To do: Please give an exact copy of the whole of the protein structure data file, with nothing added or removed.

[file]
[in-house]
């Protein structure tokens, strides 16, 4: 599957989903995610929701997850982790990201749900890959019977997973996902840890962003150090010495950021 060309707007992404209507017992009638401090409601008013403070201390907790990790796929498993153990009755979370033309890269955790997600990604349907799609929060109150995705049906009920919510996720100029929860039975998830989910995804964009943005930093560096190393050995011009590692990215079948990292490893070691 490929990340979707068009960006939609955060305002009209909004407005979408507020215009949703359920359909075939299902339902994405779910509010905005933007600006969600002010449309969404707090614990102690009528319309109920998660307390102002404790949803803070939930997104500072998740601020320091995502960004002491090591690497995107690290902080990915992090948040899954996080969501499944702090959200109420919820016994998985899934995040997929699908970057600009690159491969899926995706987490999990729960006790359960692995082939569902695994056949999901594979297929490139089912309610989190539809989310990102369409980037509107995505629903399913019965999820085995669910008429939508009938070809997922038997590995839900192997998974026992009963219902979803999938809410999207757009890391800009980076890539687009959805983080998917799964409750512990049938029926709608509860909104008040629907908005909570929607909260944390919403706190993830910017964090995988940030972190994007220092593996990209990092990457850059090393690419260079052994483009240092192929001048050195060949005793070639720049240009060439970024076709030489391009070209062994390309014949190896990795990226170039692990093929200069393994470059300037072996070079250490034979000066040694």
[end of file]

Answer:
[in-house]
């Protein structure tokens, strides 16, 4: 599957989903995610929701997850982790990201749900890959019977997973996902840890962003150090010495950021 060309707007992404209507017992009638401090409601008013403070201390907790990790796929498993153990009755979370033309890269955790997600990604349907799609929060109150995705049906009920919510996720100029929860039975998830989910995804964009943005930093560096190393050995011009590692990215079948990292490893070691 490929990340979707068009960006939609955060305002009209909004407005979408507020215009949703359920359909075939299902339902994405779910509010905005933007600006969600002010449309969404707090614990102690009528319309109920998660307390102002404790949803803070939930997104500072998740601020320091995502960004002491090591690497995107690290902080990915992090948040899954996080969501499944702090959200109420919820016994998985899934995040997929699908970057600009690159491969899926995706987490999990729960006790359960692995082939569902695994056949999901594979297929490139089912309610989190539809989310990102369409980037509107995505629903399913019965999820085995669910008429939508009938070809997922038997590995839900192997998974026992009963219902979803999938809410999207757009890391800009980076890539687009959805983080998917799964409750512990049938029926709608509860909104008040629907908005909570929607909260944390919403706190993830910017964090995988940030972190994007220092593996990209990092990457850059090393690419260079052994483009240092192929001048050195060949005793070639720049240009060439970024076709030489391009070209062994390309014949190896990795990226170039692990093929200069393994470059300037072996070079250490034979000066040694």